Fireworks

One of my favorite things about the Fourth of July is fireworks.   I’ve been to my share of sporting events with Big Bang shows after and theme parks aplenty. I’ve seen the various fireworks shows at Disneyland often enough that I know them by heart.  Fireworks, quite frankly, are awesome.

 

Which brings me to romance.  ‘Cause it’s all about the fireworks. That’s one of the main reasons we read romance, we’ve bought our tickets and we want to see stuff explode in a myriad of pretty colors.  When writing romance there are lessons we can learn from the real gunpowder-based fireworks about how our fictional fireworks show should go off.

Here are my top four:

(Please note that when I’m talking about fictional fireworks I am not necessarily talking about sex, or even kissing, but the way characters react to each other when they’re in like/love.  There can (and should be) fireworks in the tamest romance about two Amish characters.  This disclaimer brought to you by me.)

Anticipation.  We all know the fireworks are coming.  We’ve amassed in front of Sleeping Beauty’s (or Cinderella’s) castle for a reason.  The lights have gone down and we are waiting with baited breath.  I mean, yeah it’s fun to be driving down the freeway and see some random yahoo launching fireworks into the sky…but it’s more of a “oh hey, look at that,” moment as opposed to an “I can’t wait for this!” moment.  Just the fact that we’ve put our book in the “romance” genre means that we’ve promised our readers some kind of fireworks (please see above disclaimer).  And the whole first part of our story capitalizes on that same anticipation.  This is why some erotica is different from romance in my mind.  It’s more like driving by the side-of-the-freeway-fireworks.  I’m not saying, it can’t be entertaining, there’s just less anticipation.  And anticipation is a good thing!

The Right Mix.  You need to have the right mix of elements that will react to create dazzling fireworks.  In the case of actual fireworks that’s gunpowder, oxidizer, and colorants…and even more gunpowder in the first stage to launch it up into the sky.  (If you’re nerdy like me, check out this article and this article to read about how fireworks work.  It’s cool.)  In the case of romance, you need characters, plot, and tension.  Very few people want to read a story that consists of “two people met, went on a few dates, fell in love, the end.”  You need characters that readers care about, a realistic plot, and the tension to provide the spark that sets it all off.  My favorite line from the chemistry.about.com article says about gunpowder: “The materials will react with each other when enough heat is applied.”

Yes.  Yes, they will.

Now, I’m not saying this is easy – and notice I’m giving you no writing tips to help you along, because I’m helpful like that.  I just want you to know that if you’re feeling like this is a hard task, you’re right.  If you’re feeling like it could blow up in your face or fizzle out at any moment, you’re right.  Wow. Not only am I super helpful, I’m also super uplifting.  My point is: this isn’t easy.  I feel your pain.  Don’t throw your computer out the window.  We’ve all been there.  Solidarity.

Timing.  It’s all about timing.  If the firework exploded before it got launched into the air it would not be cool. People might even die.  Luckily, you’re not gonna kill anyone if your timing sucks! Yay!  But with the right timing, fireworks are awe-inducing.  And if you’re super fancy you can coordinate with music and inspire patriotism and sometimes (if you’re lucky) tears and kids holding their hands over their ears and screaming in terror.  Good times.  Here again is where the line between romance and erotica gets drawn in my mind – erotica is all about the bang (yes, I did), and romance is more about the artfully choreographed show.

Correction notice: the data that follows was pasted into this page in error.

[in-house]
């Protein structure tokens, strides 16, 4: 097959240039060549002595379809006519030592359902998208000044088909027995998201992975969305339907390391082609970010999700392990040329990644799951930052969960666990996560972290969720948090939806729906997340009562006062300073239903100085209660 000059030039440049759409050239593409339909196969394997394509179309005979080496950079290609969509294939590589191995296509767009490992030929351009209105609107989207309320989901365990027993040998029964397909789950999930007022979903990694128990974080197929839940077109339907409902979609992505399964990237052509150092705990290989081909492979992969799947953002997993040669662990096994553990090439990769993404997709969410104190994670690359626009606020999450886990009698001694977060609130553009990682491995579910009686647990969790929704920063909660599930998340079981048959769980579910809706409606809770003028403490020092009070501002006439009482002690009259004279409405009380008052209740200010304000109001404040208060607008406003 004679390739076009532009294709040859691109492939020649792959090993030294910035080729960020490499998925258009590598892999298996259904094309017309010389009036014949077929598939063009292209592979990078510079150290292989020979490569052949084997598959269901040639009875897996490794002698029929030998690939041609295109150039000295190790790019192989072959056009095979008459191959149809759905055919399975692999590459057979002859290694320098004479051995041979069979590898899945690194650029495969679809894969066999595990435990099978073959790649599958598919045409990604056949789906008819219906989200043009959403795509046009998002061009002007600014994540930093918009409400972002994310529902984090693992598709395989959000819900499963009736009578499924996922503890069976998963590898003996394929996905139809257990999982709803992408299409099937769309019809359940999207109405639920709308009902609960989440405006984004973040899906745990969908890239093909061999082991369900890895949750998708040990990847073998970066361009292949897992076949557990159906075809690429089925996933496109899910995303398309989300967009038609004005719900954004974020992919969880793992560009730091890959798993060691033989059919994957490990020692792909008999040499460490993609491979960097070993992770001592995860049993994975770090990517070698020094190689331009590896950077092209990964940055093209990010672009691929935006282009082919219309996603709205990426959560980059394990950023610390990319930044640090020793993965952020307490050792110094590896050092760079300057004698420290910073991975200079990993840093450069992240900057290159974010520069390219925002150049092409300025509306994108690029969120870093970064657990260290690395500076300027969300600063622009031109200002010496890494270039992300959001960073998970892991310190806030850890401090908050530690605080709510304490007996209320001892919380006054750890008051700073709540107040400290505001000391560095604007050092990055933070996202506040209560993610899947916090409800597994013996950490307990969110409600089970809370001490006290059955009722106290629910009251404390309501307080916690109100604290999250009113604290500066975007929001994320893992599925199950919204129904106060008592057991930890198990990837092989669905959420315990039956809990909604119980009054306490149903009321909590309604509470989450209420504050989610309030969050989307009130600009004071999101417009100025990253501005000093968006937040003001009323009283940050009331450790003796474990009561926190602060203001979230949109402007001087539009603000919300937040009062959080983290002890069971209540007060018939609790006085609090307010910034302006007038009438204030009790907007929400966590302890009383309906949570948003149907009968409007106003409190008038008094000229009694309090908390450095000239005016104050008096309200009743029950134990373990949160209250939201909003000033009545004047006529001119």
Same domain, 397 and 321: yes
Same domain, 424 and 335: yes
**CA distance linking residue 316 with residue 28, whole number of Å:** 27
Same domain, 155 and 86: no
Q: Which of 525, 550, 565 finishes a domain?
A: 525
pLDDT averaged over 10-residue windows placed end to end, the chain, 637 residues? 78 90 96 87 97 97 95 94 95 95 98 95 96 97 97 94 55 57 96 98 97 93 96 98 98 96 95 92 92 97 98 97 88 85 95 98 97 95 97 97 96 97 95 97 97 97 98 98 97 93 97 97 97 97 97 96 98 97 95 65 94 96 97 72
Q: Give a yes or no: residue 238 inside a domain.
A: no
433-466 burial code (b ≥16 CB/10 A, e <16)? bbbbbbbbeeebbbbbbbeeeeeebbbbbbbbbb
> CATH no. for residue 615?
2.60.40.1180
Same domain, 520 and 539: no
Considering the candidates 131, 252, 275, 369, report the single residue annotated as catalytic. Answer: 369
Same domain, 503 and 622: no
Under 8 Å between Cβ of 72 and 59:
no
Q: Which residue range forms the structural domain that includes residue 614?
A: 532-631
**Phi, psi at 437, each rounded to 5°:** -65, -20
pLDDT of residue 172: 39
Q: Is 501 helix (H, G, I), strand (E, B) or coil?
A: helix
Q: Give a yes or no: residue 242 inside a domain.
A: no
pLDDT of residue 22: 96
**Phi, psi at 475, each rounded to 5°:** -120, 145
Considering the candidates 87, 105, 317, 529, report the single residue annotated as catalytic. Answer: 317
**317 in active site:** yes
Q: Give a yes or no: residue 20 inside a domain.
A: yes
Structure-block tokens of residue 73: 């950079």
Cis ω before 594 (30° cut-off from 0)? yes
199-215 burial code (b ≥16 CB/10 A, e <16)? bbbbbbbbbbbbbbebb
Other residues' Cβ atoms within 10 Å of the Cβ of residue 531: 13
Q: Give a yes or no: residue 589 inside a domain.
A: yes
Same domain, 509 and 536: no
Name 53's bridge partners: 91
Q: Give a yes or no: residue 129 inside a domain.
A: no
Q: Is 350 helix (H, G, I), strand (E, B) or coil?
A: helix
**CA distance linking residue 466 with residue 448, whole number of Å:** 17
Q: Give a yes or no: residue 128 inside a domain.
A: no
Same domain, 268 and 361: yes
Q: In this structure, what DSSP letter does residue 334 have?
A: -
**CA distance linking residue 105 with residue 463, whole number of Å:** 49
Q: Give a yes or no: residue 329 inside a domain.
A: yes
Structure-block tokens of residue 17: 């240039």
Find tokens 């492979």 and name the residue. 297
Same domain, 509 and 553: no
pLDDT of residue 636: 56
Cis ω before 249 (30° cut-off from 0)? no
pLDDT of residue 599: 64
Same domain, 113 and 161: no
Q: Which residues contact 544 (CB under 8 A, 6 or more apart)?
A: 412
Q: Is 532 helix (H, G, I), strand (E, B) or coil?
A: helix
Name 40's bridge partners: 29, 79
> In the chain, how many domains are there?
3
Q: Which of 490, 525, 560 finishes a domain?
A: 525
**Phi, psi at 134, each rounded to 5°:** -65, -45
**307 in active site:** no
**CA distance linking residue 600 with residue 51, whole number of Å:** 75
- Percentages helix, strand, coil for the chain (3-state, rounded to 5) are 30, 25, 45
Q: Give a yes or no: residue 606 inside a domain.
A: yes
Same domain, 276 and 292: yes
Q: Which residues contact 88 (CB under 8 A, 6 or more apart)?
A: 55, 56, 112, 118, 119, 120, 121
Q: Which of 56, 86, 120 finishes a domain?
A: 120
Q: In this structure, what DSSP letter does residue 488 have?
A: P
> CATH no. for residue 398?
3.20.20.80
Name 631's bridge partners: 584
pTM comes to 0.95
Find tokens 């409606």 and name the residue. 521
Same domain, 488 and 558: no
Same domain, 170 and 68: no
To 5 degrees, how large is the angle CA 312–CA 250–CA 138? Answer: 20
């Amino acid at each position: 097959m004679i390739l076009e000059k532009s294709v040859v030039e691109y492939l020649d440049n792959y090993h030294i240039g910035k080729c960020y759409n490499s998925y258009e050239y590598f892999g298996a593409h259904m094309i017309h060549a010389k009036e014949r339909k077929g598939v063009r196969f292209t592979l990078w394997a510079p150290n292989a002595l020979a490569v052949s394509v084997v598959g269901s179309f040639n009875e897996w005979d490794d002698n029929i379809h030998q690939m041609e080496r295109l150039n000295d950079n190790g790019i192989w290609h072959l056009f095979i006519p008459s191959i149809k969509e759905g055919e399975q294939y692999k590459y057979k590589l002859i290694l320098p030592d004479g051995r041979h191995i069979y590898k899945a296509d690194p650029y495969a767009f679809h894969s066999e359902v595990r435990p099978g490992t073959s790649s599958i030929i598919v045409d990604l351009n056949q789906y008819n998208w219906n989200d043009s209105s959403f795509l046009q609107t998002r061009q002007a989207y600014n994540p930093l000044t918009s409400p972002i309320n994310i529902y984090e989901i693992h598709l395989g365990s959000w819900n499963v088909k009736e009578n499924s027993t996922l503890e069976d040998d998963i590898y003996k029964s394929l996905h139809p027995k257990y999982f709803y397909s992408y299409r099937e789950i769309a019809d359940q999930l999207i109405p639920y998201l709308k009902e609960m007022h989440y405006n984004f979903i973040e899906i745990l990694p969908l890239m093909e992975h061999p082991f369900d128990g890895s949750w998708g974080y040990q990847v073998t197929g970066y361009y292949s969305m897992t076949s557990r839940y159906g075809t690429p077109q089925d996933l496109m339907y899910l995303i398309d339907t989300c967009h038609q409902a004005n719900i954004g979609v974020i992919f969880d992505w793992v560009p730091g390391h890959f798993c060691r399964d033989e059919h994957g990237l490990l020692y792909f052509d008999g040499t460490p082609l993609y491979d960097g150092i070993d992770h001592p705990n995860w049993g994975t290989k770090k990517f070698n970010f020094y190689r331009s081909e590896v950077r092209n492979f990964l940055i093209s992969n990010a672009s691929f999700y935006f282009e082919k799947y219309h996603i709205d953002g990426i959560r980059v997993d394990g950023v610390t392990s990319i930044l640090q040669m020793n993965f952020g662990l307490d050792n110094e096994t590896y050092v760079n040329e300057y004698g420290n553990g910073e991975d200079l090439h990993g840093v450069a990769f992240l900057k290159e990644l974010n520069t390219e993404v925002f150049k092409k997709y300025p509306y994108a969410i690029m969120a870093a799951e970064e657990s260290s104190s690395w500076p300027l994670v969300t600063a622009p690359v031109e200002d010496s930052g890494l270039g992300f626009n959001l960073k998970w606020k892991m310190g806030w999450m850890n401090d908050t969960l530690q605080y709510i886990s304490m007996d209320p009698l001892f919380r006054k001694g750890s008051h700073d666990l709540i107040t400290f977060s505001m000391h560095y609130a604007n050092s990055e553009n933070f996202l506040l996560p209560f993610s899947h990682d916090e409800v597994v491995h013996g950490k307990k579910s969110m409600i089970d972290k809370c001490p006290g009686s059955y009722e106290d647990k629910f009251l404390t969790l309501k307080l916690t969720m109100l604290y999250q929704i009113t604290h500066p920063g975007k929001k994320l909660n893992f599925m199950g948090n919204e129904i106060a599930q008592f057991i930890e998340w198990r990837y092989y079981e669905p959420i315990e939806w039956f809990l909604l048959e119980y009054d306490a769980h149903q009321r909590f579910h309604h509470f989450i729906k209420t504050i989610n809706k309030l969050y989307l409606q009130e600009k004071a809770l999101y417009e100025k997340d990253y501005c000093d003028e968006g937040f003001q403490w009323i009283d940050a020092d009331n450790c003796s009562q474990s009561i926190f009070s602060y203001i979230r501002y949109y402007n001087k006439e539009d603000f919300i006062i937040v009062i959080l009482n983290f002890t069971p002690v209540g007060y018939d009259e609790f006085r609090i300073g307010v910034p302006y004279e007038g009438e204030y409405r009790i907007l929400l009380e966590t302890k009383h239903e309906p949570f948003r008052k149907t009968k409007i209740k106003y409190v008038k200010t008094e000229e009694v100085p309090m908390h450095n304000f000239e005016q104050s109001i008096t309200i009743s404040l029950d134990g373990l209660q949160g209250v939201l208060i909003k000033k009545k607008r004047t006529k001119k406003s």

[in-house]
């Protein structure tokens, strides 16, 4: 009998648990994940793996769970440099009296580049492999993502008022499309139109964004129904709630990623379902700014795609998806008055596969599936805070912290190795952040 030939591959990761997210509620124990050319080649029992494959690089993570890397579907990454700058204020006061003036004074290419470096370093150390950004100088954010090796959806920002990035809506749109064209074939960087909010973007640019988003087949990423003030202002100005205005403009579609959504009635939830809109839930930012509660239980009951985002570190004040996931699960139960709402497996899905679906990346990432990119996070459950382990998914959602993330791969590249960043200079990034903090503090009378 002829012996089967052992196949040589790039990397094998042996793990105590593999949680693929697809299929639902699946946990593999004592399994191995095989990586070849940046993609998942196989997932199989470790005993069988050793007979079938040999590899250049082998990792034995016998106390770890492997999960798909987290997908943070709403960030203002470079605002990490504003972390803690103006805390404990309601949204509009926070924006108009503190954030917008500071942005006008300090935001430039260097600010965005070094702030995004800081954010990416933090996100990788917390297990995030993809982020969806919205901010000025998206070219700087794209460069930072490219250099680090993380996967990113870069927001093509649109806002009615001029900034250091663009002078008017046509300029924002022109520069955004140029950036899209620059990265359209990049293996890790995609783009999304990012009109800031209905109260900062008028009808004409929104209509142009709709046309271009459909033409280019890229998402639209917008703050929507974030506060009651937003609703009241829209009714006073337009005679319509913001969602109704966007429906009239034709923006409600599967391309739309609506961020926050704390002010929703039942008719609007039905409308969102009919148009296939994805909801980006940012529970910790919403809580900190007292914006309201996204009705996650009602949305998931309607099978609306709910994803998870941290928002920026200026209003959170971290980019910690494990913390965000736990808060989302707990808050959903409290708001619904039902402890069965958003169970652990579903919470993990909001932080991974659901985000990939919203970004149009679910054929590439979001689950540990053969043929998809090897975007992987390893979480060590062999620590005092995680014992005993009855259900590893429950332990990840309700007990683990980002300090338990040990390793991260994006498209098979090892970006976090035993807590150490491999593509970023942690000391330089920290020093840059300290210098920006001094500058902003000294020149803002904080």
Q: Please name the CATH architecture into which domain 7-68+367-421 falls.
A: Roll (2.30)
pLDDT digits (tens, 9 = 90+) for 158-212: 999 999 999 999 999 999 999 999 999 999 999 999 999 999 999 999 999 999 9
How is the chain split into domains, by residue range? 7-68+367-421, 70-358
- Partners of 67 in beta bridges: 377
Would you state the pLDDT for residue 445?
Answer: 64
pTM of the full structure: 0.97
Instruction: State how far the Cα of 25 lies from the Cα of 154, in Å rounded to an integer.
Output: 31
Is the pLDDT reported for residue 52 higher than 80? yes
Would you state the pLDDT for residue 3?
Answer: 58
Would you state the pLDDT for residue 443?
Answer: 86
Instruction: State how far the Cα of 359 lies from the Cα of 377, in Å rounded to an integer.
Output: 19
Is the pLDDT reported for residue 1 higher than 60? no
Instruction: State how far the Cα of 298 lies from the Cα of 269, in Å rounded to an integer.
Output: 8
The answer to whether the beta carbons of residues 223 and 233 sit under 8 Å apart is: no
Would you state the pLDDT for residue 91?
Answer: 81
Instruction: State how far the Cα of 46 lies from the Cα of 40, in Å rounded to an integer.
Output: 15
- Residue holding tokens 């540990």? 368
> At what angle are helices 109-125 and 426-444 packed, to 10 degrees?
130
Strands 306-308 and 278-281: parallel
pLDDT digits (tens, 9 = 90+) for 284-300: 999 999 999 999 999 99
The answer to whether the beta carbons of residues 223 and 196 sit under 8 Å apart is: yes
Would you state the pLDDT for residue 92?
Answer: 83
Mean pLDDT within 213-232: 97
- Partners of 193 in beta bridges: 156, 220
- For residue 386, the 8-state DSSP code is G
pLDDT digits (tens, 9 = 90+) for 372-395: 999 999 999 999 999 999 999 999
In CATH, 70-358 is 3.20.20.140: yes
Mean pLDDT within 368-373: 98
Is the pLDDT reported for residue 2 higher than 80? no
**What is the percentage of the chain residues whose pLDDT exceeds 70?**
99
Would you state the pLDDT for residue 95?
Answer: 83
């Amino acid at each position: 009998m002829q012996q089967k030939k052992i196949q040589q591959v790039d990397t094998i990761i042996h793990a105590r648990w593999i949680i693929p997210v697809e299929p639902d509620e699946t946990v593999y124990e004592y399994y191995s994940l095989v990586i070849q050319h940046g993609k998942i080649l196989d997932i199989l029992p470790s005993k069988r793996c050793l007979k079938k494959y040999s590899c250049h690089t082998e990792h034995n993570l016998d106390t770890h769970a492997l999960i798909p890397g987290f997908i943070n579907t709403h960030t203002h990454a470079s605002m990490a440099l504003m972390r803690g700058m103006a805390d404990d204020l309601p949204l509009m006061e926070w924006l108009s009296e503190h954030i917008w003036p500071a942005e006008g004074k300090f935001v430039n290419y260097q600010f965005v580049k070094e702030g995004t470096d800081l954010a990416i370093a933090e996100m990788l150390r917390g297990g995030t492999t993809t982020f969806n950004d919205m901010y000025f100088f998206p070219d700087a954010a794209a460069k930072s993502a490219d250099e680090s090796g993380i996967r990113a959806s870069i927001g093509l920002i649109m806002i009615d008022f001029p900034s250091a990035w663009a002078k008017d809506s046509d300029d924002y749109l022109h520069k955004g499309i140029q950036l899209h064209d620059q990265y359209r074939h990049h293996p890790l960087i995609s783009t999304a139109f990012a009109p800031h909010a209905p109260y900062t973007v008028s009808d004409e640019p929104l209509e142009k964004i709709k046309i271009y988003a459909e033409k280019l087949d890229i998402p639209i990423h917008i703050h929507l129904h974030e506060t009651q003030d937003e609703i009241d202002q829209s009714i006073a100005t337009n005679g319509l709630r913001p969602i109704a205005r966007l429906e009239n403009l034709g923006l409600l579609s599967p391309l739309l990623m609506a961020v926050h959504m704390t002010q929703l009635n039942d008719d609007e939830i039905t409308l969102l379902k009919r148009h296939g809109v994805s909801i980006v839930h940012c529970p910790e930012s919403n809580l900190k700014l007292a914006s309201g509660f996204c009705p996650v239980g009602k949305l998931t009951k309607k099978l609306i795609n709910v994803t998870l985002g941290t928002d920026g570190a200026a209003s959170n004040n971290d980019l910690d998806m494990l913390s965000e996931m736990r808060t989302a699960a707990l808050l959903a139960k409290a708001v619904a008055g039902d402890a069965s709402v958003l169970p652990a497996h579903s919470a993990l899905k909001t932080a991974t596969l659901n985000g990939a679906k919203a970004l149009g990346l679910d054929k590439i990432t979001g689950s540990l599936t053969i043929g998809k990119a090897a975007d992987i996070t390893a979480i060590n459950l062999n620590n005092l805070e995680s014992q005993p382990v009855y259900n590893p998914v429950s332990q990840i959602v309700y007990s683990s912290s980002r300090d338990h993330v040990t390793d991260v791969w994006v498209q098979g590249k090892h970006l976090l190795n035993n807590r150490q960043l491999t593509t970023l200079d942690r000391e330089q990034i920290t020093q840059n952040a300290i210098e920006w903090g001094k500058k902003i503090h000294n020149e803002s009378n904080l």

In romance the timing is about giving your readers time enough to care about the characters and the characters time enough to care about (or at least be attracted to) each other…and then…

Boom.

Construction.  This is quite possibly the most important element of fireworks.  Much like with the timing issue, a poorly constructed firework can also lead to death…and maiming.  Or it can just refuse to go off and no matter how hard you hit it with a hammer it will continue to lay impotently in the middle of the street (side note: this is an actual story from my childhood during which we had family friends that constructed their own fireworks.  I do not condone hitting unexploded fireworks with a hammer.)  Aerial fireworks are shells that are packed with black powder, a bursting charge, and “stars” which are like their own little sparklers.  There are even multibreak shells which are more complicated and break in several phases.  They way the stars are packed determine what kind of visual display you will get.  Here’s a tip: most romances should consist of a multibreak shell – sometimes it’s that breath between explosions that make them even more awesome – and the stars should be really bright, colorful, and fizzy.

I’d like to tell you there’s a magic formula for creating fictional fireworks, that you can follow instructions and get it right every time.  Unfortunately, that’s not true.  And that’s part of the reason why I haven’t included helpful tips for achieving the right levels of anticipation, or told you just the right way to mix the proper elements…there’s no right way.  Every author is going to find a different way to do it – and probably a different way to approach it with every story.  No two stories are the same and each deserves it’s very own fireworks show!

What are your favorite kind of fireworks (fictional or otherwise)?

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